The effects of sulphur poisoning on the microstructure, composition and oxygen transport properties of perovskite membranes coated with nanoscale alumina layers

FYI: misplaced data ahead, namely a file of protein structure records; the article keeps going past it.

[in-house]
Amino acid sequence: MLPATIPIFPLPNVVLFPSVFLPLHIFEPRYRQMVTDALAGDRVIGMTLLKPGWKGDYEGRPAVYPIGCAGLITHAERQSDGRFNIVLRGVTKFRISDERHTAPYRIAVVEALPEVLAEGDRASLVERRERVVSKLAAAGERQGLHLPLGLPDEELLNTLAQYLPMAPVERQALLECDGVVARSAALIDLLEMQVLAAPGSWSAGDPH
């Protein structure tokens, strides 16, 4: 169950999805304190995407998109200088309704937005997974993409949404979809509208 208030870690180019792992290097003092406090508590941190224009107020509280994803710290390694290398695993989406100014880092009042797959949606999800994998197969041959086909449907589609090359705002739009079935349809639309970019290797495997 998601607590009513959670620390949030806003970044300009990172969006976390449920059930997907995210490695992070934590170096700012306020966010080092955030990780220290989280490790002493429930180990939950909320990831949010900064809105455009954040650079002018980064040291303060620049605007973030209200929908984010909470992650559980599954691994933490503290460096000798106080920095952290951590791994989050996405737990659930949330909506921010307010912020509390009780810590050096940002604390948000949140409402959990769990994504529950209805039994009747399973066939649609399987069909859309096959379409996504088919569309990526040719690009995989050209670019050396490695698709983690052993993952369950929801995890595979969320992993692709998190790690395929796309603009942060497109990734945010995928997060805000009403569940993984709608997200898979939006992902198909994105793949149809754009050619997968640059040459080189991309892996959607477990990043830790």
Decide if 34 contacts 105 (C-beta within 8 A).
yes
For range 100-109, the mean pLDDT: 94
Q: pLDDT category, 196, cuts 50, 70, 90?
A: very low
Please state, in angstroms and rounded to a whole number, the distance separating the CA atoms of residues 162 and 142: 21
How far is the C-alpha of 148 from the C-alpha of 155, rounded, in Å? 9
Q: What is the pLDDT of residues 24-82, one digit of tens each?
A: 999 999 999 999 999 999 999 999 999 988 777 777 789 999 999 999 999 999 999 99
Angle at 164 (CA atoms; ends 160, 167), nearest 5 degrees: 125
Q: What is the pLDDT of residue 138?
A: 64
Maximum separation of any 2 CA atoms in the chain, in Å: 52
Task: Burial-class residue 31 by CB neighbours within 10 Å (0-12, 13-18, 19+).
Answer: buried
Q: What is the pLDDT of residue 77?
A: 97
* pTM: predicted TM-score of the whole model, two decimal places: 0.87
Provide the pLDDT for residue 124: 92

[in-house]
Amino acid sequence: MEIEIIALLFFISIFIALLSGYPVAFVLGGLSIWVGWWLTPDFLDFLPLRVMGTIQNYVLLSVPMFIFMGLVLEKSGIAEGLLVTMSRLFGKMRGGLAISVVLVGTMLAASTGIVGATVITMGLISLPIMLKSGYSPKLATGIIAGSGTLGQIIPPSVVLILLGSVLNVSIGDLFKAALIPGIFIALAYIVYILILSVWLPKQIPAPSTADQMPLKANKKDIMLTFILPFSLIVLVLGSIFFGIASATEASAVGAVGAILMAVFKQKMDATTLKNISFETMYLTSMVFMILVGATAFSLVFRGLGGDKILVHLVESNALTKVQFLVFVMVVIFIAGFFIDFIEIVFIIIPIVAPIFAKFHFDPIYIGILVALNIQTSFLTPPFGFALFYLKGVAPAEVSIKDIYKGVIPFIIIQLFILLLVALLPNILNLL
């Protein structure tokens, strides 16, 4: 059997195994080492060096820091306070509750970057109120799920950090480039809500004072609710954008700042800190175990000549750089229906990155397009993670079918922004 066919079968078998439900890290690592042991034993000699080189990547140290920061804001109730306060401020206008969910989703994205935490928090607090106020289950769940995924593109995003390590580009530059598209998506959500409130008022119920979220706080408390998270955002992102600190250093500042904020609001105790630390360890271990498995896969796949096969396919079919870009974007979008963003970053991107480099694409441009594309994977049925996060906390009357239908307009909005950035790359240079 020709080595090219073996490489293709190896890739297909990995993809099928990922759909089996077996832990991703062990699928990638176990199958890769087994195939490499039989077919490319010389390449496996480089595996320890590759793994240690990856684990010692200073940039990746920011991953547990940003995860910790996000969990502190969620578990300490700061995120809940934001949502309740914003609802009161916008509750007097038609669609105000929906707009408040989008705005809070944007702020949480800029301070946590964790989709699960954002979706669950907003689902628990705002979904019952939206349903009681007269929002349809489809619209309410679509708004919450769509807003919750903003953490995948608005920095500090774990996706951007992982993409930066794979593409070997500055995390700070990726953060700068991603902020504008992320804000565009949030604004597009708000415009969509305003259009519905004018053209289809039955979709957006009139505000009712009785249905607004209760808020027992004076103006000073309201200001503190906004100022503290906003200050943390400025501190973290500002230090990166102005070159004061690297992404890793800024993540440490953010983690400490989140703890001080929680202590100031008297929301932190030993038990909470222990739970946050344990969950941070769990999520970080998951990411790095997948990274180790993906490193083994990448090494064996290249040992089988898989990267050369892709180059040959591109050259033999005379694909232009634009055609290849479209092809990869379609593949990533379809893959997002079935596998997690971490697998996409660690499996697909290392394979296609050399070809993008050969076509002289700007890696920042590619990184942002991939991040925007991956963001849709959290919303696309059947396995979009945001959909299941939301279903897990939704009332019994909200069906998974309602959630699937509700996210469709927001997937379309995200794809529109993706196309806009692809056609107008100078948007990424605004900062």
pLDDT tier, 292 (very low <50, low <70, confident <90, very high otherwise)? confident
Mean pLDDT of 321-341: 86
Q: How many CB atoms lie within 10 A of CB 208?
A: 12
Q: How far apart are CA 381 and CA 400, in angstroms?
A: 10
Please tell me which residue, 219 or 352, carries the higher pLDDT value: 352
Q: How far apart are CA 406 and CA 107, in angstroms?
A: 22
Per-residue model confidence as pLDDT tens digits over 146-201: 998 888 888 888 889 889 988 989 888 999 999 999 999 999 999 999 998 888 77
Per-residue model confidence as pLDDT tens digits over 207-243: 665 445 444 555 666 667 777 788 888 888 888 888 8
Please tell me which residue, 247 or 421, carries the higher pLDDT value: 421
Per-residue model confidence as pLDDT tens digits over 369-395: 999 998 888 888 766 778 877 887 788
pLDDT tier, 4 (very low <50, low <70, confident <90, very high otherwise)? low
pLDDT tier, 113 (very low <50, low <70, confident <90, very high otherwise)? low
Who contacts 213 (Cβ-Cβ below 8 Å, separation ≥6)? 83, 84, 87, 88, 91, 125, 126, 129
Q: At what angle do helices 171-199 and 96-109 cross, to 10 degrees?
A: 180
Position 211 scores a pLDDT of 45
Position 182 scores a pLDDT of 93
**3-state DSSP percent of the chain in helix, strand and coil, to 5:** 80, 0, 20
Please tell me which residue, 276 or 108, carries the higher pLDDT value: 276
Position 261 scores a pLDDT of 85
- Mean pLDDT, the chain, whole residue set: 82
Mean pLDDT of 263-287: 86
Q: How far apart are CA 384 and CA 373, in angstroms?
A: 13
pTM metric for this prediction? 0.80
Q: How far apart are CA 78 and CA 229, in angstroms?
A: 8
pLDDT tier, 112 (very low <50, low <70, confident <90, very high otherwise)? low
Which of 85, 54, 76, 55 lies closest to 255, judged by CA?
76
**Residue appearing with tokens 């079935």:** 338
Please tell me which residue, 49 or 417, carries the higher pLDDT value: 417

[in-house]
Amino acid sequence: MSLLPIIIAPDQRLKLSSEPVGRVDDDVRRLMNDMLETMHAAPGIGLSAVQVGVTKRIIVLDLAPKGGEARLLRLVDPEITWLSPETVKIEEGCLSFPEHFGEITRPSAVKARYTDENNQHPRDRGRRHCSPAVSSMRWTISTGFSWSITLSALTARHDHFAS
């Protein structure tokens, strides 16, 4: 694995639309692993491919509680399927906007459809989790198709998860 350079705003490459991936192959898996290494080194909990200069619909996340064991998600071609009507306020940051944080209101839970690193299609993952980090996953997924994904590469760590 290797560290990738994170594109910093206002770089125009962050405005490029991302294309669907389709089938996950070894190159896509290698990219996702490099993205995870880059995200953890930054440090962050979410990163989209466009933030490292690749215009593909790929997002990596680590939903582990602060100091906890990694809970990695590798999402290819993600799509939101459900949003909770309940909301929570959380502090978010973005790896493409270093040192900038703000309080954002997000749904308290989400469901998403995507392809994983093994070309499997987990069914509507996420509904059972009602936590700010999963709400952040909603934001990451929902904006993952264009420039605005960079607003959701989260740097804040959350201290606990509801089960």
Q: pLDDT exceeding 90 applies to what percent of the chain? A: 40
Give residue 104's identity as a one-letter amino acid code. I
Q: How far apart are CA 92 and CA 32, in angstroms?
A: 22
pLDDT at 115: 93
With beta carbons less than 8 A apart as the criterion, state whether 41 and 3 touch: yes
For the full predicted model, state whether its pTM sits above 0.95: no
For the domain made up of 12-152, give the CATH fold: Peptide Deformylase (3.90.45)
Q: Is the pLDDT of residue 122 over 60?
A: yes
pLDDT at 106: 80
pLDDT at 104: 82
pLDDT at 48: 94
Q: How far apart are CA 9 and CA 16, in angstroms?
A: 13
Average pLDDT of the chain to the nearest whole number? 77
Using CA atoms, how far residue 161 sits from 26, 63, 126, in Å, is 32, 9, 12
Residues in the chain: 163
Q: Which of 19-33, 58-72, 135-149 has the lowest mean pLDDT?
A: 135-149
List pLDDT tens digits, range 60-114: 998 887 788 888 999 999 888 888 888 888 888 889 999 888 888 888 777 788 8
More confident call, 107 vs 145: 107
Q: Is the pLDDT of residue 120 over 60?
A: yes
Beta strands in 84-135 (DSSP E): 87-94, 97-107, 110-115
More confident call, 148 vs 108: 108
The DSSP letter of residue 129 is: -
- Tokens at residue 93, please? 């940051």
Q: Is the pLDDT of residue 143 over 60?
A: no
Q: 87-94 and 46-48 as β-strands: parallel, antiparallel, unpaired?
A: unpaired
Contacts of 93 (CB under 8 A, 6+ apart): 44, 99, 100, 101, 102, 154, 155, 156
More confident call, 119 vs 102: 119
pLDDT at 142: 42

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Perovskite oxides displaying mixed ionic and electronic conductivity have attracted a lot of interest for application in oxygen separation membranes. Such membranes could be used for a range of processes, including the conversion of natural gas to hydrogen or syngas. A major limitation of these materials is their tendency to segregate into simpler oxides under operating conditions, reacting with sulphur-based species often found in natural gas and leading to irreversible membrane degradation over time. Here we aim to delay or prevent this process by coating La0.6Sr0.4Co0.2Fe0.8O3-d membranes with Alumina (Al2O3) layers of 1 to 100 nm thickness by using atomic layer deposition. We show that coatings of about 30 nm have negligible negative effect on O2 transport flux across the membrane and display good flux recovery when H2S is removed from the stream. Coatings thinner than this critical value provide little protection against irreversible poisoning while thicker coatings dramatically decrease overall O2 permeation fluxes. We also show that the irreversible sulphur poisoning under O2 permeation conditions is linked to microstructural and composition changes at the membrane surface caused predominantly by the formation of SrSO4 particles at the perovskite grain boundaries.